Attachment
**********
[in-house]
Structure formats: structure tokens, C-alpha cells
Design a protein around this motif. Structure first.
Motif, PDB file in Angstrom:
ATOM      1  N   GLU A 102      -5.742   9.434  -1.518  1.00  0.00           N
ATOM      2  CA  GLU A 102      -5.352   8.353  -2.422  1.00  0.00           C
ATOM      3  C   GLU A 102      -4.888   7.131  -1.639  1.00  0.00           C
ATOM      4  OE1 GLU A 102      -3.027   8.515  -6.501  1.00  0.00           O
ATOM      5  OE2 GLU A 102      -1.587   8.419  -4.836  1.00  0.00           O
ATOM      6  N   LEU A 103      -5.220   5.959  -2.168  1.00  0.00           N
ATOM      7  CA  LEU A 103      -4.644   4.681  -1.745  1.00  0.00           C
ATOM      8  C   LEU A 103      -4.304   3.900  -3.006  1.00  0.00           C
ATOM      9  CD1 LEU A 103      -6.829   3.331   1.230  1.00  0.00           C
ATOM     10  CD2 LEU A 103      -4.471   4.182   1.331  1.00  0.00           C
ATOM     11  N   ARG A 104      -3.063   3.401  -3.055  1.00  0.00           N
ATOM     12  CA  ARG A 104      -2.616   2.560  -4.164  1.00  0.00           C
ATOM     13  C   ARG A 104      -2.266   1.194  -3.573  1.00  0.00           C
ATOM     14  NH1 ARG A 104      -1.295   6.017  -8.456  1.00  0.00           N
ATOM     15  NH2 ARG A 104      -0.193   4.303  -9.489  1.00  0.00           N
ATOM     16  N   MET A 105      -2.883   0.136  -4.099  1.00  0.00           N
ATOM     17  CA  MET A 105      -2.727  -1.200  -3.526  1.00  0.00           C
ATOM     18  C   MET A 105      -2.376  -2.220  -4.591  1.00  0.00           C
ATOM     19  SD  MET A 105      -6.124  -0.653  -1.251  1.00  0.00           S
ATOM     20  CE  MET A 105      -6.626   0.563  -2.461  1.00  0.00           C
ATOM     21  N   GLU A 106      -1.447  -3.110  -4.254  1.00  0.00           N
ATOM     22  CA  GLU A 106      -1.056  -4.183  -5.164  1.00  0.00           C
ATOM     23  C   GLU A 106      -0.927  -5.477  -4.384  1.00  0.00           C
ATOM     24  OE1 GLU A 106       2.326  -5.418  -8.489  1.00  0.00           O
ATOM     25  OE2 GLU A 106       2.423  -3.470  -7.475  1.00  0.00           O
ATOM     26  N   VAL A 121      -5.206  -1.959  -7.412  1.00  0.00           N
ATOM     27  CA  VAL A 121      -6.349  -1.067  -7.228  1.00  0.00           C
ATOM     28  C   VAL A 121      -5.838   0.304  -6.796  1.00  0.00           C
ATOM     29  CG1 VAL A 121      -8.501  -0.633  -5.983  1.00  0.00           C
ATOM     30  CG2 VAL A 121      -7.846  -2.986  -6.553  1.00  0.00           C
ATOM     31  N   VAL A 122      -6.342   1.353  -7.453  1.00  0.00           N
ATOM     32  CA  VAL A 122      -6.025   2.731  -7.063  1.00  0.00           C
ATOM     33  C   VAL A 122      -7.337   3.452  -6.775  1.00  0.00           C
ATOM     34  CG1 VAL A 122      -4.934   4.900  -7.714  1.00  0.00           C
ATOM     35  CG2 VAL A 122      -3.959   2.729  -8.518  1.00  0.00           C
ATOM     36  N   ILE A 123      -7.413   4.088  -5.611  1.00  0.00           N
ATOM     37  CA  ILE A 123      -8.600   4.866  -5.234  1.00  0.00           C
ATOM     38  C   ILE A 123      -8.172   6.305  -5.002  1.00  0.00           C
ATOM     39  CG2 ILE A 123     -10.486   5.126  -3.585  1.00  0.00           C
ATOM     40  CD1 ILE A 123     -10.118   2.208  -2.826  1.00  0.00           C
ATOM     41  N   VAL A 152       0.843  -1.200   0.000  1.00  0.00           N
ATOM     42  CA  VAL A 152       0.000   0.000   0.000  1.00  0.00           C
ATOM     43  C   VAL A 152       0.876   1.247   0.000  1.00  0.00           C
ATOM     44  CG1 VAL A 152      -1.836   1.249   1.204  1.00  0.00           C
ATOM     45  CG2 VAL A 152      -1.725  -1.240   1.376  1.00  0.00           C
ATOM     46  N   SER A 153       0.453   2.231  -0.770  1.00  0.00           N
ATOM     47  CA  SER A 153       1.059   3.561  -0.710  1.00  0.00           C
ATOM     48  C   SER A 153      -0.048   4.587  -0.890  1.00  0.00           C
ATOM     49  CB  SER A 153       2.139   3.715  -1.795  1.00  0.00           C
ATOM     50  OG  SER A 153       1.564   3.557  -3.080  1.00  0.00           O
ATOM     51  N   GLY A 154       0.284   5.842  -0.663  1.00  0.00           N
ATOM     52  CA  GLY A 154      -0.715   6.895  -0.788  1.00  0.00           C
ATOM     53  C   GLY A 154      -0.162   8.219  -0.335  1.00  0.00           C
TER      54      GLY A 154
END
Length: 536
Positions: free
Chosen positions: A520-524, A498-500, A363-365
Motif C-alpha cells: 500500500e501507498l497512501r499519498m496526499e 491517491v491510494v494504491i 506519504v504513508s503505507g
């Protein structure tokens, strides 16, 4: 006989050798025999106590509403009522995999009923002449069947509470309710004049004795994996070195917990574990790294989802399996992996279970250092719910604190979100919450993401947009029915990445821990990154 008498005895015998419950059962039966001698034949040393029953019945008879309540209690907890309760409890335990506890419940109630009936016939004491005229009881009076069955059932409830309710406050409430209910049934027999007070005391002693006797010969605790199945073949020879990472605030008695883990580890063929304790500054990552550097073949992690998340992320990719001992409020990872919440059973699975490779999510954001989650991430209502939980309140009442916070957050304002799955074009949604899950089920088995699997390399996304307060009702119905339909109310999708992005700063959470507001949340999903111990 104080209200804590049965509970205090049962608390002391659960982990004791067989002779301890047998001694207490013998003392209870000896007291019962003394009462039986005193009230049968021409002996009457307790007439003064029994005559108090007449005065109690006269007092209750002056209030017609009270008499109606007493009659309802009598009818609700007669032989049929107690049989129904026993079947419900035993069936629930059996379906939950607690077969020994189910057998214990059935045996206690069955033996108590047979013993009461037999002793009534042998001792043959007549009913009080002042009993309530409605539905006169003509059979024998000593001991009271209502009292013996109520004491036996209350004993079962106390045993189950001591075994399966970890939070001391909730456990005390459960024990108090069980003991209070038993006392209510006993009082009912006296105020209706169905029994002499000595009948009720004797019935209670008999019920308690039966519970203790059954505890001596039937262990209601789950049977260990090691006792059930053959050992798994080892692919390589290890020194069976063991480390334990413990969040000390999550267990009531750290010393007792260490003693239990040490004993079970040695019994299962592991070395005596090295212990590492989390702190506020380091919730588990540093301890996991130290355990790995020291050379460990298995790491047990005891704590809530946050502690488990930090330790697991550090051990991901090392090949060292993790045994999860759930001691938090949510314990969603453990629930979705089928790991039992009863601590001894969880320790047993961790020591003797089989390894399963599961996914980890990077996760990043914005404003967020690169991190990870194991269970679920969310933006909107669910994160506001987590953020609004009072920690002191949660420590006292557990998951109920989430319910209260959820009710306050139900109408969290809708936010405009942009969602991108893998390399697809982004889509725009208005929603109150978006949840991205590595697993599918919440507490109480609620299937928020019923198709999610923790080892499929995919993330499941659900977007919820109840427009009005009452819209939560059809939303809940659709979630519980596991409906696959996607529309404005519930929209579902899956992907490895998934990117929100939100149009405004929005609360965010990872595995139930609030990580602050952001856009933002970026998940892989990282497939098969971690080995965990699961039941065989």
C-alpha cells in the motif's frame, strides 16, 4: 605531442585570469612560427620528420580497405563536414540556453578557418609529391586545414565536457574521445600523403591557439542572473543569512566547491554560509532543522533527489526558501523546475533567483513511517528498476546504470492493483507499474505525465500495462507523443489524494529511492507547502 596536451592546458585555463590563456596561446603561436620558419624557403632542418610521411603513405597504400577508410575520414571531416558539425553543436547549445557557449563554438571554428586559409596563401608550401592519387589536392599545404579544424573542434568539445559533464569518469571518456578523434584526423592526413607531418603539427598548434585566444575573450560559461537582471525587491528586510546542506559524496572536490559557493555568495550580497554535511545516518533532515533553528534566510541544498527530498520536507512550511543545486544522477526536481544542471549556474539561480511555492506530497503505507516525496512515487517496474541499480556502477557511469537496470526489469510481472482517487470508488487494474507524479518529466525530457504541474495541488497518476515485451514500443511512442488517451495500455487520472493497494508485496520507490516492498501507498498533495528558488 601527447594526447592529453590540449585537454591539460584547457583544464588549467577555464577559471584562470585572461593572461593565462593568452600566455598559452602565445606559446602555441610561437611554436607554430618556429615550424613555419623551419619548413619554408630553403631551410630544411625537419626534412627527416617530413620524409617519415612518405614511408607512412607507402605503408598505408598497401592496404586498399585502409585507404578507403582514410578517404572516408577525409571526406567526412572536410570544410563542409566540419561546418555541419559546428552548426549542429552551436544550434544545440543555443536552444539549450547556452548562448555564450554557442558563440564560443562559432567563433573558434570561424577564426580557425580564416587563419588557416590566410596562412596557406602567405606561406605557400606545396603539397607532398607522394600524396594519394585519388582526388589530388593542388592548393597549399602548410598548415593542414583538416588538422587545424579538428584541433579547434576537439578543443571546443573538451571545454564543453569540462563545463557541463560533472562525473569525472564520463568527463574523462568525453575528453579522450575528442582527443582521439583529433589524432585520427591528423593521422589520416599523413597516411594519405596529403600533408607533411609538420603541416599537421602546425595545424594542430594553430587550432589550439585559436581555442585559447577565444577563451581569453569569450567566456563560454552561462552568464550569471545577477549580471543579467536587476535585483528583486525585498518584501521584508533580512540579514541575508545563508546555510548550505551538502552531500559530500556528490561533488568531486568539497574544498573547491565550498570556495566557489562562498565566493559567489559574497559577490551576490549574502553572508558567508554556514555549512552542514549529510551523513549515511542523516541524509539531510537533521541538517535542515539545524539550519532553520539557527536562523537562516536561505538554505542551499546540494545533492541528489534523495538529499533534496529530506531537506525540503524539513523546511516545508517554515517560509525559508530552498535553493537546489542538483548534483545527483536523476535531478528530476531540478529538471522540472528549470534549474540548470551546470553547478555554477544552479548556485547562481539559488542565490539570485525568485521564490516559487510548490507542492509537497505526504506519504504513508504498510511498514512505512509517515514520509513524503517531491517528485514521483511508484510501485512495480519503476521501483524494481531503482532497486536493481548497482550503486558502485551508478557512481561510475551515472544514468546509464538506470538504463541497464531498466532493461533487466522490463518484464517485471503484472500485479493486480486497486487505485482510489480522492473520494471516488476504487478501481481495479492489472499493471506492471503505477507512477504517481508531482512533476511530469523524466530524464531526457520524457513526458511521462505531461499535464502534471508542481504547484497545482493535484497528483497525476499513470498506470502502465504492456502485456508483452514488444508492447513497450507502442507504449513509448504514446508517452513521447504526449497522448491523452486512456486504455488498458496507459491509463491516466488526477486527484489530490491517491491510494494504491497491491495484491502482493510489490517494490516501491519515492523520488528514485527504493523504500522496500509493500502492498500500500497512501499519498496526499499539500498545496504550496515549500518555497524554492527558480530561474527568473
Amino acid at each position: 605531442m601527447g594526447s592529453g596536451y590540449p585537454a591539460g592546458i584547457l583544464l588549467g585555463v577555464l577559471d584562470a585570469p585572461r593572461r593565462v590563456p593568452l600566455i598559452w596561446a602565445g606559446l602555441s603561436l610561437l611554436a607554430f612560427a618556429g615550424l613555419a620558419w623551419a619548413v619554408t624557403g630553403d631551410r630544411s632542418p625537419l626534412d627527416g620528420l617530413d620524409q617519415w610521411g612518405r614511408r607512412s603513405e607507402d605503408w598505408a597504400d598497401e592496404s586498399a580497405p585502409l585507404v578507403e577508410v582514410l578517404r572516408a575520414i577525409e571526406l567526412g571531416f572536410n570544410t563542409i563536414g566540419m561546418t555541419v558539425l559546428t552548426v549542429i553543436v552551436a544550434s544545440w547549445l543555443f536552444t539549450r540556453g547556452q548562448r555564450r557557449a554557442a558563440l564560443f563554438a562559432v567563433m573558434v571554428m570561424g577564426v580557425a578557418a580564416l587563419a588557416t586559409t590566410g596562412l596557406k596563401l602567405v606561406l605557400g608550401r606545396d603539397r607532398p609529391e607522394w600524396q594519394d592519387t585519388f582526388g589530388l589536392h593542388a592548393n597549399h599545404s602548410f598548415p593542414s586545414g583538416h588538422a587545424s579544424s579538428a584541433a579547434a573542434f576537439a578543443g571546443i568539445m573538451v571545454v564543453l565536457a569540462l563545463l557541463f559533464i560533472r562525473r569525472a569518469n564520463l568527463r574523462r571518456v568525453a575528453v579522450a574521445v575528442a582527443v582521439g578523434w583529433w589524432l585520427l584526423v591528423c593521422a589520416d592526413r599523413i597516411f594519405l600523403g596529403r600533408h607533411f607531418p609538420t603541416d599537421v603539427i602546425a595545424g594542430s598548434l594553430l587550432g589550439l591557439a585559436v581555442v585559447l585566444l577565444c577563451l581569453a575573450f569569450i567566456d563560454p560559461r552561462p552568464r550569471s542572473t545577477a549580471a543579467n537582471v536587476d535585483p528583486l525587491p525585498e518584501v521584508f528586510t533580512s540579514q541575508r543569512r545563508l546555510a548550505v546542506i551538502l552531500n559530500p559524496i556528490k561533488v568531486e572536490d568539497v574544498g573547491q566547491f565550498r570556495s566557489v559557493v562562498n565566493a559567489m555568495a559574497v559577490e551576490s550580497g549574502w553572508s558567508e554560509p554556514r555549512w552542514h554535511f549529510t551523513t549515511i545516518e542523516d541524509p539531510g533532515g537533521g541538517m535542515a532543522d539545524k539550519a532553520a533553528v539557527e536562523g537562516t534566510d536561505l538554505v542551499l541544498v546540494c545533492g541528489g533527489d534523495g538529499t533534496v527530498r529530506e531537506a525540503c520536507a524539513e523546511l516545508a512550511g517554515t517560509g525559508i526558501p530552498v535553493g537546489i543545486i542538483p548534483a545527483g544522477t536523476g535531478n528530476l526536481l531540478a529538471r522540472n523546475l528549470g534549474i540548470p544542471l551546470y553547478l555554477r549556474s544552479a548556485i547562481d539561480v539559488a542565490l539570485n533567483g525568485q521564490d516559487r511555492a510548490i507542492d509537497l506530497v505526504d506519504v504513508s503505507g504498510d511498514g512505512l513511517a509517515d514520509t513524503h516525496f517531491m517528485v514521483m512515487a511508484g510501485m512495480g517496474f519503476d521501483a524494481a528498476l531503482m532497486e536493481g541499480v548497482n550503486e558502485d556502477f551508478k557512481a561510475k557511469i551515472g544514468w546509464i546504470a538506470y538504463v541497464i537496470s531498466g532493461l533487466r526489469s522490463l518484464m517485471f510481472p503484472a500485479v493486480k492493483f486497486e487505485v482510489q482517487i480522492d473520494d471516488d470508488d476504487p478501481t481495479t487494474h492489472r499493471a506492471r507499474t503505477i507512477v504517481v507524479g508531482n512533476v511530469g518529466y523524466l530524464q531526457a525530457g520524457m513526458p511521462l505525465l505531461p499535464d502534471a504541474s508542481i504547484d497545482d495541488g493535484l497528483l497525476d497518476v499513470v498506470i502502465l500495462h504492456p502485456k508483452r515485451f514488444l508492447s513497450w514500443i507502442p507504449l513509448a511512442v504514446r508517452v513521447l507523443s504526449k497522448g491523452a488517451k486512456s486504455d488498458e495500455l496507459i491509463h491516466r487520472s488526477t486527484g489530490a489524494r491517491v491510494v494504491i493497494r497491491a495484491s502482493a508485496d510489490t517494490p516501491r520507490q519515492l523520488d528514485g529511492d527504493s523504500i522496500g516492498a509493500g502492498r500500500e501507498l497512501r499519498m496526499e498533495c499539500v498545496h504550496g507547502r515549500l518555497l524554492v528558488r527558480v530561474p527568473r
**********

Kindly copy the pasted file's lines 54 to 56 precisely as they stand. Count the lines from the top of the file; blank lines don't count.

ATOM     50  OG  SER A 153       1.564   3.557  -3.080  1.00  0.00           O
ATOM     51  N   GLY A 154       0.284   5.842  -0.663  1.00  0.00           N
ATOM     52  CA  GLY A 154      -0.715   6.895  -0.788  1.00  0.00           C